Some disappointments offer no silver linings — they are too tragic — but many situations allow for both dismay and gratitude. In my own life, a huge obstacle was thrown in front of me during my time as a PhD student. Despite having a 4.0 and meeting every requirement needed to move forward, three professors arbitrarily added an extra year of coursework to my load, simply because they felt I should take more of their own classes.
Because my funding was limited to four years and I had no desire to go into debt; because my doctor told me I would “literally die” if I kept studying and working at the same rate; and because I was completely unwilling to further delay starting a family, it ultimately meant walking away from a dissertation I spent a decade researching. The unfairness is still disappointing. That promises were broken is disappointing. That I picked the wrong school is disappointing.
But other PhD students finished and got divorced, or missed almost the entire first two years of their first child’s life sitting behind a laptop. My marriage and children mean more to me than any degree ever could (which is not to say those students who aspired to be professors were wrong to sacrifice that time away from their kids). And the primary reason I entered the program, unlike those whose dream was to enter academia, was to become an expert in political science — simply to learn. So alongside the disappointment, I have deep gratitude for everything I learned, the people I met, and the positive impact it has had on my current work, all without it jeopardizing that which I value most.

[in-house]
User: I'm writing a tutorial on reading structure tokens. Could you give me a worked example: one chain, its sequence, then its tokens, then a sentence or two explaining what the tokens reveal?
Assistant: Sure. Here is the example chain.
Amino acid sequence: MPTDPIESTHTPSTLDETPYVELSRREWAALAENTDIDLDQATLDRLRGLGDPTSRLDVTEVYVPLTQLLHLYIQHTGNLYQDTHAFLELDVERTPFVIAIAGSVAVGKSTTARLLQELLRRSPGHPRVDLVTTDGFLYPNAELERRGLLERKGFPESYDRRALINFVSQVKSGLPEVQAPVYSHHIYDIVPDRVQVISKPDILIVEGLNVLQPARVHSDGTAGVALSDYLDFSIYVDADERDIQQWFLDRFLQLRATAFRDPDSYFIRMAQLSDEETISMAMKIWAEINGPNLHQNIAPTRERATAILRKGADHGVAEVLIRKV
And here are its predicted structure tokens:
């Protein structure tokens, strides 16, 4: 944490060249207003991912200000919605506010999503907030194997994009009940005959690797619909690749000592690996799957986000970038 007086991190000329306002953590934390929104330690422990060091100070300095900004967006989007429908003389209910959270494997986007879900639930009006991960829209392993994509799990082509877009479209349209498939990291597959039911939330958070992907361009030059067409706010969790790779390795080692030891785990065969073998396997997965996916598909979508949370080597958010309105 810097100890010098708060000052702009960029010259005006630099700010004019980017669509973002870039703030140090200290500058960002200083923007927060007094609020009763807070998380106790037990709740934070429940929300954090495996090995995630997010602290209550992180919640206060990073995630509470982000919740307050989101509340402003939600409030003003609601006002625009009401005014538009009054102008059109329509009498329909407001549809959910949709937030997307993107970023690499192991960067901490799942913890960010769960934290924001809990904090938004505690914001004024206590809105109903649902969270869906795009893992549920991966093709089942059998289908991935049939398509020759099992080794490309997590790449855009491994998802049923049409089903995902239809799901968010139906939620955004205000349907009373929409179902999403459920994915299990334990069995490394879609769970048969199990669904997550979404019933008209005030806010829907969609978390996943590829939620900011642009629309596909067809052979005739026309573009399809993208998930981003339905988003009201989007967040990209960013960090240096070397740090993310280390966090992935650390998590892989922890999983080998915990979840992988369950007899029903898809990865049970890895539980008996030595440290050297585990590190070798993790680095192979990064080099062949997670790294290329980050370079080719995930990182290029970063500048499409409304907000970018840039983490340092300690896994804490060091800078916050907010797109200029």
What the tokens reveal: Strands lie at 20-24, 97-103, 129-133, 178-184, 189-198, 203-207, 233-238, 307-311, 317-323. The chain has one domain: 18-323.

We can choose joy
Being joyful doesn’t mean being happy in every moment. It’s not simply the result of our surroundings or how much pleasure we experience. It’s rooted in gratitude, powered by love, and oriented toward communion. So when we practice gratitude, commit to living a life of love every day, and try to help others flourish, we can experience joy — even when our plans have been derailed or we feel stuck in neutral. By committing to live joyfully, we can adjust to new realities and find new ways forward, move past resentments and the desire for revenge, and refuse to let disappointments overwhelm the good that exists in the world and in our lives.
We can remember that life is about faithfulness, not material success or accumulating accomplishments
As we roll with the punches, it is critical to stay centered on the values we hold dear. If we focus on the things that last and try to be the best people we can be, regardless of the circumstances, we can still build the type of life we ultimately want (though it may differ greatly from what we imagined before we experienced a tragic loss, suffered an injustice, or had to set something important aside to hold everything else together).
But we have to be on guard against the very reasonable-sounding arguments that allow materialism, consumerism, and the excessive desire for security to infiltrate our values. And we have to disentangle the positive (nevertheless ambitious) desire to serve others from the ego-driven desire for recognition or worldly success that can push us in a different direction. Only by recognizing our innate worth and dignity, dismantling the insecurities that deny these, and committing to values that reflect human dignity and the worth of all people can we reach our potential and hope to carry out the will of God.